From Town Clerk to GM to CEO: Helping make other’s dreams come true
They used to be called Town Clerks. Now General Manager is out, and Chief Executive Officer is in with Orange Council looking for a new administrative head for the city.
And the name-change for our most-important bureaucrat is significant for indicating the change to a wider scope of operation, Councillor Joanne McRae believes.
“I think it reflects that broader role that we’re looking for in a modern corporate environment,” Cr McRae said.
For Cr McRae, the ideal candidate will be both a good hands-on manager and an ideas person for Council’s 400 staff and $170 million annual budget.
“Philosophically, the leader of a Council needs to balance a managerial and administrative spirit with an entrepreneurial spirit, a balance between both,” she explained.
Cr McRae believes that the newly-minted Chief Executive Officer will be taking-over from former General Manager, Garry Styles, a reasonably well-run city.
“Broadly speaking, Orange is tracking well; but we will need to know how to grow sustainably,” she said.
“Orange is really booming, but how do we manage growth in a sustainable manner while managing our water assets and not encroaching on productive agricultural land?
“How do we continue to manage quality of life, lifestyle, and liveability?” she asked.
Orange City Life believes that the recruitment agency enlisted to lead the hunt for a new Council head has whittled a good field of candidates down to a short-list of about seven who are to be interviewed on Monday, September 2 by a group of four councillors, a representative of the recruitment agency, and an independent.
An extraordinary Council meeting will then be held on Tuesday, September 10 where the full Council will have the opportunity to put the top two or three candidates through their paces.
Cr Tony Mileto believes that the best candidate should have both administrative skills and vision with new ideas for the City coming from the elected councillors, the Mayor, and the Deputy Mayor.
“Predominantly their role is to administer the work of the Council…We need to make sure the right person gets the job; rather than just filling the role,” he said.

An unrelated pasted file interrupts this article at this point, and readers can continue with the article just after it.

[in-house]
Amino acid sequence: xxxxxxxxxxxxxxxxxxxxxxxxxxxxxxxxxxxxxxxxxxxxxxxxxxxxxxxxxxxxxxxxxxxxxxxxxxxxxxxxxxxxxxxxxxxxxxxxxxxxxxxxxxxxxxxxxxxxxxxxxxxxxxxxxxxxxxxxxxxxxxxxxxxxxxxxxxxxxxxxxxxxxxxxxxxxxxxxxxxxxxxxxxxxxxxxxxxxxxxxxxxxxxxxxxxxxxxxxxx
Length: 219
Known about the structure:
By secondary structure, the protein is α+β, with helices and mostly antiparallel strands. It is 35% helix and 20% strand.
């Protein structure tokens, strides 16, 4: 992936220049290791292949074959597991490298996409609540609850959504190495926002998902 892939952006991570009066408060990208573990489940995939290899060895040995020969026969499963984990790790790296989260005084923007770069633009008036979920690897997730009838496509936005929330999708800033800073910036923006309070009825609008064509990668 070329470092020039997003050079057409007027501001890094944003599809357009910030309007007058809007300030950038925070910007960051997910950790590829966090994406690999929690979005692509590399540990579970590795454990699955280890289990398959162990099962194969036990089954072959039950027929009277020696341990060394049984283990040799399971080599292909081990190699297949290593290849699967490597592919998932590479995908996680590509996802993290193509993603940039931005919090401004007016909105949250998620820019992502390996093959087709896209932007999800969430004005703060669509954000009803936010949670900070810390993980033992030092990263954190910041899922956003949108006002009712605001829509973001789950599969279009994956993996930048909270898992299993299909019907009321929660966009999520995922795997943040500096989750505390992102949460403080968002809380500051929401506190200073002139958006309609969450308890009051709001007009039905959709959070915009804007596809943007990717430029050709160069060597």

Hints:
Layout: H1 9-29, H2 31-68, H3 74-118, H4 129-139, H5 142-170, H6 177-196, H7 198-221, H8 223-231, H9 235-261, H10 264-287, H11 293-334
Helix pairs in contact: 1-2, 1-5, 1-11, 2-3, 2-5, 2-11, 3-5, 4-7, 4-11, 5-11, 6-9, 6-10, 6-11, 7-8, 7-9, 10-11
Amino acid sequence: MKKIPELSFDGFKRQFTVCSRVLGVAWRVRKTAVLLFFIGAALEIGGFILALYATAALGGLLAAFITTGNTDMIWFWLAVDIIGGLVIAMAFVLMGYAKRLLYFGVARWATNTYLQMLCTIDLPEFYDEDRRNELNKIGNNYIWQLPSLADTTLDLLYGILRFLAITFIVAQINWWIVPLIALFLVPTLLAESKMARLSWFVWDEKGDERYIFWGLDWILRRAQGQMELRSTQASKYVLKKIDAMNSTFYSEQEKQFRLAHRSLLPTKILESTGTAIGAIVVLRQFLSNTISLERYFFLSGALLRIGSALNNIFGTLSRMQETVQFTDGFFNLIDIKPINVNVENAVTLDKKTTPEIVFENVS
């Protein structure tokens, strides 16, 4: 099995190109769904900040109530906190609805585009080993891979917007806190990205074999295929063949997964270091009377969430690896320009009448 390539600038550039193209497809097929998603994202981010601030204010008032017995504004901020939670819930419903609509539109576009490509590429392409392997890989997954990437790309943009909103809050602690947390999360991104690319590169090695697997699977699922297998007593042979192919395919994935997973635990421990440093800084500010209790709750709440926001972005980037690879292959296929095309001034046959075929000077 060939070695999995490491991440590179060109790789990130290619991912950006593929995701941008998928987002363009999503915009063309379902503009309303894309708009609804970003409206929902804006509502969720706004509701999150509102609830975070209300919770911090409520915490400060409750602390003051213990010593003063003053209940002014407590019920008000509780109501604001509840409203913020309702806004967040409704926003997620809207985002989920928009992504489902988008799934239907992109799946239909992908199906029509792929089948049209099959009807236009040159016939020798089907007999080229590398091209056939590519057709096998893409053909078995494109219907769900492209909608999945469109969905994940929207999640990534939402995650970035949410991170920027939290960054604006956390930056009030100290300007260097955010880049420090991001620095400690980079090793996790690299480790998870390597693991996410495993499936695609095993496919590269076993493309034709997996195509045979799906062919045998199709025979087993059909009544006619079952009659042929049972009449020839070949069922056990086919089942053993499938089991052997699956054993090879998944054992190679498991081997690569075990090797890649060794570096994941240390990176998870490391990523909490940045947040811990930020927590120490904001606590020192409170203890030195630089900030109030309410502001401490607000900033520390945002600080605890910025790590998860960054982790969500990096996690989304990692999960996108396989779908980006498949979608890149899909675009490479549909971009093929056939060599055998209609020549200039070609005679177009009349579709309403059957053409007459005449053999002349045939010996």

Ï think as long as we get the right person as an administrator; they will have their vision and they will then be able to sell that vision to us,” Cr Mileto explained.
He says that the challenge facing Council’s first-ever CEO revolves-around maintaining stability within Council.
“They need to understand the beast itself; there’s not a bucket of money; we have to target the most significant grants,” he said.
He said finishing the Southern Distributor Road, the “gateway to the new health precinct” was a major project that would improve access to Orange and its services.
Chair of Council’s Employment and Economic Development Policy Committee; he wants the new CEO to take a particular interest in economic growth for the city and surrounds. “He or she will want to have a say on major projects,” he said.
“Economic development and employments opportunities should also continue to grow, and we need to attract new residents,” Cr Mileto said.
He said that the continuing challenge to local retailers from online shopping should be a priority for Council in the future.
“We need to upgrade the central business district (CBD) to meet the challenges of online shopping; we need to improve accessibility to shopping; our retailers have to be competitive,” Cr Mileto said.
Colin Young from Orange Residents and Ratepayers Association believes that, for a CEO, honesty and integrity should be the first attributes considered. “You’ve got to start with good ethical standards and then good people skills and to be able to make decisions based on facts.”
He says that Council could be more active in developing the city. He points to Bathurst Regional Council’s role as land-owner and developer of new estates as a different model for Orange.
“When you compare ourselves to Bathurst, they’ve adapted a role as developer for Bathurst. They acquire land, develop it, and control it to sale. They are working to a Masterplan. Orange on the other hand has umpteen developers all going in different directions …It’s very much more of a piecemeal approach.”
“The really critical thing is you come up with a good plan and stick to it,” he said.
He points to the increasing development around the North Orange bypass that he says was originally intended to be an alternative route for heavy vehicles, but which has become a boom satellite suburb of the city with increasing congestion.
“The first thing they did was put traffic lights in and allowed developers to build estates there,” he said.
Final word on the search for Council’s first CEO can go to founding Governor of the Reserve Bank of Australia, Herbert Cole "Nugget" Coombs who once described the role of the bureaucrat as “to make other people’s dreams come true.” The question is, will Orange be able to find the bureaucrat to make the Council and residents’ dreams come true?